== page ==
Idioms about Friendship

1. Lend your money. Lose your friend.
  • You shouldn’t lend your friend money because it may create issues. You’ll have to bother your friend to repay the loan, or your friend may never repay the loan. Both can make your friendship worse.

You shouldn’t have lent her money. Remember, “lend your money. Lose your friend.”

‘She’s dealing with some debts. I think I’ll lend her some money.' 'Lend your money. Lose your friend.'

Think carefully before you lend him money; “lend your money. Lose your friend.”

2. A friend in need is a friend indeed.
  • A true friend is always willing to help, especially during troubles or difficult situations.

She stayed by me when I was depressed about my parents’ divorce, which made me believe that “a friend in need is a friend indeed.”

If Jack considered you to be his best friend, he wouldn’t have left you when you were in trouble. Remember, “a friend in need is a friend indeed.”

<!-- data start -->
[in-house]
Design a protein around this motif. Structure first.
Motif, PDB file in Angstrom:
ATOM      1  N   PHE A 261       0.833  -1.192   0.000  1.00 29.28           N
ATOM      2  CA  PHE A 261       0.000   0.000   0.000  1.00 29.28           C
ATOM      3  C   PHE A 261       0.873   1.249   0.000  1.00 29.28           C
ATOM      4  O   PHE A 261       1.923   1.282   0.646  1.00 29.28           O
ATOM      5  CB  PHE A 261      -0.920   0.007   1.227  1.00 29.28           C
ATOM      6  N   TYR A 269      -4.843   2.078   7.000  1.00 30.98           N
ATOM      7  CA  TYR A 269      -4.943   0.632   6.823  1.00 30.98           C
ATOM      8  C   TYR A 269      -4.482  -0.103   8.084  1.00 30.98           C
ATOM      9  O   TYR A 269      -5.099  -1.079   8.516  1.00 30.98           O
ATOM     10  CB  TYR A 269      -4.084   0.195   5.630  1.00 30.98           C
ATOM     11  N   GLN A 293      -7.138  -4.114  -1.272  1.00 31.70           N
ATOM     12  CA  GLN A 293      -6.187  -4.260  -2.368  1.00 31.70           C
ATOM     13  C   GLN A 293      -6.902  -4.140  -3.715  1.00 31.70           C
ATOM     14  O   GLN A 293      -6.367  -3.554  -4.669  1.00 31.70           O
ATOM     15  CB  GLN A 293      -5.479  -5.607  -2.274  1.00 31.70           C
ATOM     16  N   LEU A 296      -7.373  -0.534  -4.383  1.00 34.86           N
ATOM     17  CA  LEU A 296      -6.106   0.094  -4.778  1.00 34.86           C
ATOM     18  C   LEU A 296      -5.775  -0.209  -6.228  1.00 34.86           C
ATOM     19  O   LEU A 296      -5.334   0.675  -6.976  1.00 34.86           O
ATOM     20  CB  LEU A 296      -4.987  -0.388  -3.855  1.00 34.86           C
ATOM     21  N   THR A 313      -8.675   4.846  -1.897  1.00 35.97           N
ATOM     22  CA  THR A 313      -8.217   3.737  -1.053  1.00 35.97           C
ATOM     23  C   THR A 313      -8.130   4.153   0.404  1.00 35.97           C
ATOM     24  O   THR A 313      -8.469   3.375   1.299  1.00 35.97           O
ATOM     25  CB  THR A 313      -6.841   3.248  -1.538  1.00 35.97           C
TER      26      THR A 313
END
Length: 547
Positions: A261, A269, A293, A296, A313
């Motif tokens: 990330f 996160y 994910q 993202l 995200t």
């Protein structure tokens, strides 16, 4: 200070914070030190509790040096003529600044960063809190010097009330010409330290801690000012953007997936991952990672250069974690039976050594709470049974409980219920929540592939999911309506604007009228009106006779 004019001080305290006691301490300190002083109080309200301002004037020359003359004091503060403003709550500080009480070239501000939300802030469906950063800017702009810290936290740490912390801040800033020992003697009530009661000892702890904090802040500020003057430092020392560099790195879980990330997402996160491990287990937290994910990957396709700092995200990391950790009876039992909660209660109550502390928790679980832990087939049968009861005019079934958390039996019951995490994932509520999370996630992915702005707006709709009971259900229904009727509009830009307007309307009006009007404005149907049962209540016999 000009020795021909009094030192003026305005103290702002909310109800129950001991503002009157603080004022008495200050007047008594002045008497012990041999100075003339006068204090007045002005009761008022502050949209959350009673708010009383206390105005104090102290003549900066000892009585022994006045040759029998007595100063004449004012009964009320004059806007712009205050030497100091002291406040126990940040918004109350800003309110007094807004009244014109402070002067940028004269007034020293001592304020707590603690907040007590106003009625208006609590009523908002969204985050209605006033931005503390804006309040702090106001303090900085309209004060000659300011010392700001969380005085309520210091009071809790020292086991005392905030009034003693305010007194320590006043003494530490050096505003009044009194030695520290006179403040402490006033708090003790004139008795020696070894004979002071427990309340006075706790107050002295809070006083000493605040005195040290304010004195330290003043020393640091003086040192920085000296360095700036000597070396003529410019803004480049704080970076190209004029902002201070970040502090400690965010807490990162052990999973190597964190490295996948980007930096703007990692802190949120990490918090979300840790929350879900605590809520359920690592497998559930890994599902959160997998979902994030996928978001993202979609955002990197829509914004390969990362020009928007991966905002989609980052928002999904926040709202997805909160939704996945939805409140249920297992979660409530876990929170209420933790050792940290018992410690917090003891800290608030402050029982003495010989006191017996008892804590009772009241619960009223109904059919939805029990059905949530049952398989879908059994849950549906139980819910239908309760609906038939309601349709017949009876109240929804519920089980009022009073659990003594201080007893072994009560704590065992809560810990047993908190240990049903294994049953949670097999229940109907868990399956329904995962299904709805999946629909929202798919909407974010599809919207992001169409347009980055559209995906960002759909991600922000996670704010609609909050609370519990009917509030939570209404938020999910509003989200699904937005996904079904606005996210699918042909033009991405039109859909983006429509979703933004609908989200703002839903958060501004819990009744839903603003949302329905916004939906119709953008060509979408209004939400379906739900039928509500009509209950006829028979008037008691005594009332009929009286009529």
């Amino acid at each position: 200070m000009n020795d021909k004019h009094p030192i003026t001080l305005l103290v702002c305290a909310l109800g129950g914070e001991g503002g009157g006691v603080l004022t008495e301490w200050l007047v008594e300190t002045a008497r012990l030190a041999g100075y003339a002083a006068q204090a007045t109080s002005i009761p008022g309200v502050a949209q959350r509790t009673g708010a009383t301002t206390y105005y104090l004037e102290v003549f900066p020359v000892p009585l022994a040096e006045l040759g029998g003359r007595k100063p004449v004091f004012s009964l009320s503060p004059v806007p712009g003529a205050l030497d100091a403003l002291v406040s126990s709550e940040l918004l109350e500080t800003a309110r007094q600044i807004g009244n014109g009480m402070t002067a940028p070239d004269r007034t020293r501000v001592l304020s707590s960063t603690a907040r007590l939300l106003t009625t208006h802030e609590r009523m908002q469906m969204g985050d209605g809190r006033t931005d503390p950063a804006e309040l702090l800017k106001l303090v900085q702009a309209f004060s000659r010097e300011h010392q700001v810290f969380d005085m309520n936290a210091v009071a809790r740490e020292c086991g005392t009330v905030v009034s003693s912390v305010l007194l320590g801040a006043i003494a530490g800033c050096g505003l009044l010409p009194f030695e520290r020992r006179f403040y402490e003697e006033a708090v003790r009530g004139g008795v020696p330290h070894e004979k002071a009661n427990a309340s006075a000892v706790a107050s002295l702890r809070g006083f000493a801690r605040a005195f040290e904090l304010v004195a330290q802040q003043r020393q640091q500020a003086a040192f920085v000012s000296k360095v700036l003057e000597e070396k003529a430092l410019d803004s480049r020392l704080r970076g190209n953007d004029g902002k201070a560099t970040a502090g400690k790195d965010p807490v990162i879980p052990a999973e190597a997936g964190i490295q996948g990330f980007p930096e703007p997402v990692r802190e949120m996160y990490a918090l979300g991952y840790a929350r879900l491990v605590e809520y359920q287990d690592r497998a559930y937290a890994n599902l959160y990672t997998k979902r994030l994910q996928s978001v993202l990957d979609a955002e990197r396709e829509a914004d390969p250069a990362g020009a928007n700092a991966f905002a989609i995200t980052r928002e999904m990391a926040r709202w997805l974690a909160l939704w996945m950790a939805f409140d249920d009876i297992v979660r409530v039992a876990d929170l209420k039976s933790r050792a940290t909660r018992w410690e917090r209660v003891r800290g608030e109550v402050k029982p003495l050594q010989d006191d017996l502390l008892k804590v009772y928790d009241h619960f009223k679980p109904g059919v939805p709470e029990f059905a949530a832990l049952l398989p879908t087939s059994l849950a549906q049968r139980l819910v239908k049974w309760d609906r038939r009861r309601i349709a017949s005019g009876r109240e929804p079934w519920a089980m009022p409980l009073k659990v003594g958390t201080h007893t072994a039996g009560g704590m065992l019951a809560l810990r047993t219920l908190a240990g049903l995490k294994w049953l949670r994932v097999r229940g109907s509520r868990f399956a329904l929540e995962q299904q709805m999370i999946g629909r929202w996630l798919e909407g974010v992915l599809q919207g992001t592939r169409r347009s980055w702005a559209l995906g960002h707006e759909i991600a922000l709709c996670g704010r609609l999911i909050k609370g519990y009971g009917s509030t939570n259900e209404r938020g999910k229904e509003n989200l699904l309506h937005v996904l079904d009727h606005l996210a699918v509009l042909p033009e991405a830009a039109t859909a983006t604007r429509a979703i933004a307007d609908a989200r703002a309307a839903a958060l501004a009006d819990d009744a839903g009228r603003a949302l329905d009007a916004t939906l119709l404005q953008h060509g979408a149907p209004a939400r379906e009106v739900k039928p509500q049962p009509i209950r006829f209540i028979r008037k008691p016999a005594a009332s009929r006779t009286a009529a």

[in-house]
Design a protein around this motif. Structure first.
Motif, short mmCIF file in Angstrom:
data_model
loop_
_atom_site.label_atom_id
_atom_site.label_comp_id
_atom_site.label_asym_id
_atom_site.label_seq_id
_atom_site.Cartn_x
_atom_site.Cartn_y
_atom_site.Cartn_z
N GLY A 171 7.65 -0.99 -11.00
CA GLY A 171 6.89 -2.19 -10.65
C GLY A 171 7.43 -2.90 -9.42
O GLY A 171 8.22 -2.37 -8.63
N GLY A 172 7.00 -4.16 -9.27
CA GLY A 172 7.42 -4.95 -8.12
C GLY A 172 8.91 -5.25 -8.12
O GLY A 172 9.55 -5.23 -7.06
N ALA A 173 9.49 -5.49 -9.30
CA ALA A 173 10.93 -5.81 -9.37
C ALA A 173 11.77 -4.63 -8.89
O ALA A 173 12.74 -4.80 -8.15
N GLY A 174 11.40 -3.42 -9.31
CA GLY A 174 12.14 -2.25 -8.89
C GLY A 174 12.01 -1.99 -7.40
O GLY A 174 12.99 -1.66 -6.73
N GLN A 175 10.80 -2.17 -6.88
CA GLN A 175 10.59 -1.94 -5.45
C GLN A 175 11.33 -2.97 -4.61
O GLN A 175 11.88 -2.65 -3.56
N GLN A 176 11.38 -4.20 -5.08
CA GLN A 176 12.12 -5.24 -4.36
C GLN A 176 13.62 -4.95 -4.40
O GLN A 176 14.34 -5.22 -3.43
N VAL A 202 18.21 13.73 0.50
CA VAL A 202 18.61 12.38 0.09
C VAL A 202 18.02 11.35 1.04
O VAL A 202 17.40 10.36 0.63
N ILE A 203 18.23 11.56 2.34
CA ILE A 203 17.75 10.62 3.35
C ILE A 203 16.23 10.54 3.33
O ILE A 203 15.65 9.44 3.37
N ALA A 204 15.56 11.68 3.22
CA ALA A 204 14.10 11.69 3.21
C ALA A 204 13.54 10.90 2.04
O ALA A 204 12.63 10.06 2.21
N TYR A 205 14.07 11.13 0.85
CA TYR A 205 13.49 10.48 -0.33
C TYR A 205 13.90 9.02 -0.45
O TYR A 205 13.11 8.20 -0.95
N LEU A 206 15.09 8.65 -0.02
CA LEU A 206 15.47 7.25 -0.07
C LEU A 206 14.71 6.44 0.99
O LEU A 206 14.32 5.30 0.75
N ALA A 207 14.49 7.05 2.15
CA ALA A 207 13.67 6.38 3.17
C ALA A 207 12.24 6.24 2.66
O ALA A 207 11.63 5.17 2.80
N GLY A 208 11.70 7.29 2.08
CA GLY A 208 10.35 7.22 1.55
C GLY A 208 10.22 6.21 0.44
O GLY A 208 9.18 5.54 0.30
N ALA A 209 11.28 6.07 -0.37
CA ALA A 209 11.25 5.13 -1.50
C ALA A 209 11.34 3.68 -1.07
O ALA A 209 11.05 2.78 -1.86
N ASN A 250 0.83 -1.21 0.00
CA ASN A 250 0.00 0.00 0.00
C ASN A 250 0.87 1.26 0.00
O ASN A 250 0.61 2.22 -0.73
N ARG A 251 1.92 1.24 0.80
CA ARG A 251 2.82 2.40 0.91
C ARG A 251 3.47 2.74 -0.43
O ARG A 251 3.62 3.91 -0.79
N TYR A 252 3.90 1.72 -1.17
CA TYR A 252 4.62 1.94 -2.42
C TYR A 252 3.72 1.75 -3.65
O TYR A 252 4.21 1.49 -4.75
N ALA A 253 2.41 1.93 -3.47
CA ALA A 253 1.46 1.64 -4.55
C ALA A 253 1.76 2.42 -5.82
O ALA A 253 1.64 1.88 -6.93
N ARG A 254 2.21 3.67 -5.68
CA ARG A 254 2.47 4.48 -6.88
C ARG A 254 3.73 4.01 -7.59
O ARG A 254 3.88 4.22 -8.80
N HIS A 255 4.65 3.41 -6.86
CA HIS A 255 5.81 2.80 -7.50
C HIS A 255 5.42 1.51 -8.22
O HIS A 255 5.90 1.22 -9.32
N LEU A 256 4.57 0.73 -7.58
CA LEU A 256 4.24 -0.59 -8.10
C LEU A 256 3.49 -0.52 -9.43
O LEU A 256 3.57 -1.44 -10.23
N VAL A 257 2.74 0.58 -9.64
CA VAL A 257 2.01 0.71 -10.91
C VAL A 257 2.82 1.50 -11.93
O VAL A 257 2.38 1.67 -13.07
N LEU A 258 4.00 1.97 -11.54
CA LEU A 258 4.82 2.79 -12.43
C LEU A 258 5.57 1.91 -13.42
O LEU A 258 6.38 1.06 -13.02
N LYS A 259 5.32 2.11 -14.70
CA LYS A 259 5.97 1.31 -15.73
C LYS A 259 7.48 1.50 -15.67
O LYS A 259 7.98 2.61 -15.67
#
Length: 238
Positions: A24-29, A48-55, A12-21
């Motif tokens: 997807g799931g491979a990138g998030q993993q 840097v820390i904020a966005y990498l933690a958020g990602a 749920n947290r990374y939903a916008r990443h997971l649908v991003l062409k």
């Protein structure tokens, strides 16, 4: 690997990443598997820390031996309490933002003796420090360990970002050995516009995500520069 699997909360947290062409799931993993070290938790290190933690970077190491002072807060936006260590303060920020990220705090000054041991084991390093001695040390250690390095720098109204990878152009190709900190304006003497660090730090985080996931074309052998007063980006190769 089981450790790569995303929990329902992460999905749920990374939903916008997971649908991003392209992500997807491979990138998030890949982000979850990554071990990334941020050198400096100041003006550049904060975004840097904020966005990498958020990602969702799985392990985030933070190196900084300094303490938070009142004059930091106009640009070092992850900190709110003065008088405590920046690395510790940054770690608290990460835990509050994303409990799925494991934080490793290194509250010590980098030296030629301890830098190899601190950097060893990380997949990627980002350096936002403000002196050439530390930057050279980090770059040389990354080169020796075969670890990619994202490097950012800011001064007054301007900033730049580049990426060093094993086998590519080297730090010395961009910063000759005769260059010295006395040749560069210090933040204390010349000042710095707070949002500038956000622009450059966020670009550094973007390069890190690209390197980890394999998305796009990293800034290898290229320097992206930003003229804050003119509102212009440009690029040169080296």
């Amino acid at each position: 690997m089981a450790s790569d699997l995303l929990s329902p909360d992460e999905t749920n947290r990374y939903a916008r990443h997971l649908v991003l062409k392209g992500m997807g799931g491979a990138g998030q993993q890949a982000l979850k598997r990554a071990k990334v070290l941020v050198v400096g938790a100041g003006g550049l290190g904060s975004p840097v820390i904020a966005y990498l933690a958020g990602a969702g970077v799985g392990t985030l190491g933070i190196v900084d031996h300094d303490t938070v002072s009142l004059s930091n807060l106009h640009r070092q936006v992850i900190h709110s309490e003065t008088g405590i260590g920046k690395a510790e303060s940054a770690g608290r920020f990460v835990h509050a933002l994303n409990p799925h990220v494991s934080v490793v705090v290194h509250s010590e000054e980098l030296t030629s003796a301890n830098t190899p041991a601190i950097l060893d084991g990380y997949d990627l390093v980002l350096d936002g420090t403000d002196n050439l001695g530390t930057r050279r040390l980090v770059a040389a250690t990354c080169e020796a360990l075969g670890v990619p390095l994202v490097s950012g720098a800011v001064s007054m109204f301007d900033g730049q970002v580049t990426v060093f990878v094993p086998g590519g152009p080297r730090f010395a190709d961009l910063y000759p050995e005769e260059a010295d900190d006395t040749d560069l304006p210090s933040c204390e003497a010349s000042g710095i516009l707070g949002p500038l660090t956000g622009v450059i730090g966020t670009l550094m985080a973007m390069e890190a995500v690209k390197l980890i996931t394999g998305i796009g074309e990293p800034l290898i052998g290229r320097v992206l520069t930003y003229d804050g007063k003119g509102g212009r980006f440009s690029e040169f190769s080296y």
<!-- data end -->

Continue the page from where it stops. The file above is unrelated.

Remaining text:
I always help if I can because I believe that “a friend in need is a friend indeed.”

3. See eye to eye with someone
  • To have the same views about something, to completely agree with someone.

They’re such a perfect couple. They see eye to eye on most things.

I can’t bear being on the same team as him. I’ve never seen eye to eye with him.

If you don’t see eye to eye with her on most issues, just say goodbye because sooner or later you two will break up.

4. Get on like a house on fire
  • To like each other a lot and become friends very quickly.

She looked very cold at first but when I talked to her, I realized she was very kind-hearted. After that, we got on like a house on fire.

The first time we talked, Annie and I got on like a house on fire.

I couldn’t imagine my ex-girlfriend and current girlfriend getting on like a house on fire.

5. Know someone inside out
  • To know someone or something very well.

I know him inside out. I understand that he left for a reason.

'Mom, I’m so bored. Why do I have to read that book again? I know it inside out.'

Make sure you know him inside out before you say 'yes' to his proposal.

6. Speak the same language
  • To share the same viewpoints and attitudes toward something.

We speak the same language about almost everything.

I have to check with my teammates to make sure we speak the same language.

My partner and I speak the same language, so it’s quite easy for us to negotiate.

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